The Historian Tempted by Texts From Her Ex

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This week, a woman considering couple’s counseling and fantasizing about her rowdy past: 31, in a relationship, Berlin.

DAY ONE

9:15 p.m. I can hear the clacking of the mechanical keyboard through the wall before I even open my eyes. My boyfriend, David, is next door, at work already, in what before this pandemic was my office. It’s now “our office,” which means it’s his office. I get up and make coffee.

12:30 p.m. I mindlessly flick through social media in between fielding work emails and making revisions on a project. I decide to test the waters and change into workout clothes just out of camera range while he’s on a Zoom call. No reaction, not even a passing glance. I’ll do the same again in 45 minutes, when I’m back from my run, eliciting the same reaction. We’ve had sex twice since the start of the year. It’s a contentious issue. I don’t blame the pandemic for this personal inconvenience — it was bad before our lives became confined to the apartment.

4 p.m. I stop working for the day and take my laptop from the living room to the bedroom and shut the door. Not that I anticipate him barging in. Living together for a year, he hasn’t walked in on me masturbating once. The clack, clack, clack next door continues. Shortly before moving in, I found out he had had an affair with a co-worker. But with a rental market this tight and my salary as a freelance researcher, and the lease already signed, I didn’t feel like I had space to leave. We both bury ourselves in work, just to get on with it.

9 p.m. Watching porn on my own only gets me so far, and the only thing getting me off lately is watching a brunette dominatrix fuck other women with a strap-on.

DAY TWO

9:30 a.m. David is already up when I wake up, and I spend my morning in bed, working.

12 p.m. I’m scheduled for a session and my analyst and I discuss the lack of sex in my relationship, again. He recommends I watch Bitter Moon (1992) as a warning of what might become of my relationship if I allow resentment to grow. I opt for reading the synopsis instead of watching the whole film. He’s wrong — at least they’re still hate-fucking.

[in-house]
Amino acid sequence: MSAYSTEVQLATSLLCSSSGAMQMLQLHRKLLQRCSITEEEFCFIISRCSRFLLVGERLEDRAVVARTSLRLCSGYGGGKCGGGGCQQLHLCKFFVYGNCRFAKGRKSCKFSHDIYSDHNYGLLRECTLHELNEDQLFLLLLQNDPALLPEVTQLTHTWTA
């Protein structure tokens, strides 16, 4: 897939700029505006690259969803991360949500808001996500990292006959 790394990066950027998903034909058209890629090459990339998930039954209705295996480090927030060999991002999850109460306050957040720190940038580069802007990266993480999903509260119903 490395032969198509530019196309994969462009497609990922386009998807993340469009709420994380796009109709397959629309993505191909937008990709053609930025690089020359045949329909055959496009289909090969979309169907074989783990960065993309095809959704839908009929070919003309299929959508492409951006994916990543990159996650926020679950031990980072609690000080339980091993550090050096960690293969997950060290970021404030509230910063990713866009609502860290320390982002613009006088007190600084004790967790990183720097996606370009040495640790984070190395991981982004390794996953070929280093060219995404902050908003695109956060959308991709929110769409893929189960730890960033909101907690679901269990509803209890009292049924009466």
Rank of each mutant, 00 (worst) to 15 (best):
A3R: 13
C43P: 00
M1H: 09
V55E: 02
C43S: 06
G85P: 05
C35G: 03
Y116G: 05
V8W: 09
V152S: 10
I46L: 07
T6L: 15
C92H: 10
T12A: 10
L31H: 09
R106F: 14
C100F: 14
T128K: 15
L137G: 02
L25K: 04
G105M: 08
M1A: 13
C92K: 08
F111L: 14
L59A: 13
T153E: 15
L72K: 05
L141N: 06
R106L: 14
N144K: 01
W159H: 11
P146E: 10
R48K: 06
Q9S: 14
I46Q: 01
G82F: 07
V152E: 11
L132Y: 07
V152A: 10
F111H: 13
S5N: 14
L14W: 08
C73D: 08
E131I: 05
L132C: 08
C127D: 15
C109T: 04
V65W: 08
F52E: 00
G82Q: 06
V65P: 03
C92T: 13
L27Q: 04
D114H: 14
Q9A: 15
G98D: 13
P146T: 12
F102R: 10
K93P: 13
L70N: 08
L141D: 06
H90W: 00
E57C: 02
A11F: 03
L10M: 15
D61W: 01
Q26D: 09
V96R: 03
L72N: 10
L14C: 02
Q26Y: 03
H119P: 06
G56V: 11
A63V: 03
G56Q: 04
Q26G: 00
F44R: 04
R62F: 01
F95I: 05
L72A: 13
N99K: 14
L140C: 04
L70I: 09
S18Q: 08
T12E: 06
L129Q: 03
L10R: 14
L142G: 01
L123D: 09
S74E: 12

1 p.m. I have lunch with David and ask him what movie caused his sexual awakening as a youth. All he can think of is Aladdin and I leave it at that.

7 p.m. I’m two hours down a YouTube rabbit hole, watching trailers of movies I first saw growing up in the ’90s and early aughts. I had a small TV with a VHS player in my bedroom. When I couldn’t watch Cruel Intentions (1999) in the cinema because I wasn’t 16 yet, I went and loaned Dangerous Liaisons (1988) from the local library, which was stocked with any movie deemed artistically valuable. When I was a teenager with only a dial-up connection, these were the closest I could get to porn.

DAY THREE

9 a.m. It’s raining and I decide to just stay in bed all day. A beautiful young couple moved into an apartment across the courtyard last December. They seem to do nothing but watch TV, smoke weed, and fuck with the blinds open. When I go to open the window today, I can see them having sex once again. The scene hits me like a fist to the breastbone and I turn away.

10 a.m. I scroll through Instagram, get an ad for audio porn, and promptly download the app. I make it two minutes into a story labelled with three flames (the hottest rating) before the male hero condescends to the damsel in distress about how exactly to hold a power drill and my body recoils at the mundanity of it all.

12 p.m. I put on Velvet Goldmine (1998), vaguely recalling that it functioned as a gateway to my sexual awakening. It’s still kind of hot, and makes me remember all the ways I wanted my sex life to be growing up. And I did grow into exactly that life; for many years I would attend orgies and underground parties, all of it before I met David. We agreed to be monogamous, and I kept my side of the promise. After his infidelity, it felt like my whole life (including me) started shrinking. When the lockdown hit, everything became more constrained, and now there is so little room to hide from what was easier to gloss over while we spent our days apart. I get myself off remembering an especially fun night at a private orgy in London. I’ve always had a high sex drive, and I have never been ashamed of it, until now.

7 p.m. I have a long phone call with a friend. She recommends couple’s counseling and I agree, not telling her that our last attempt ended with the counselor straight up telling us to end it.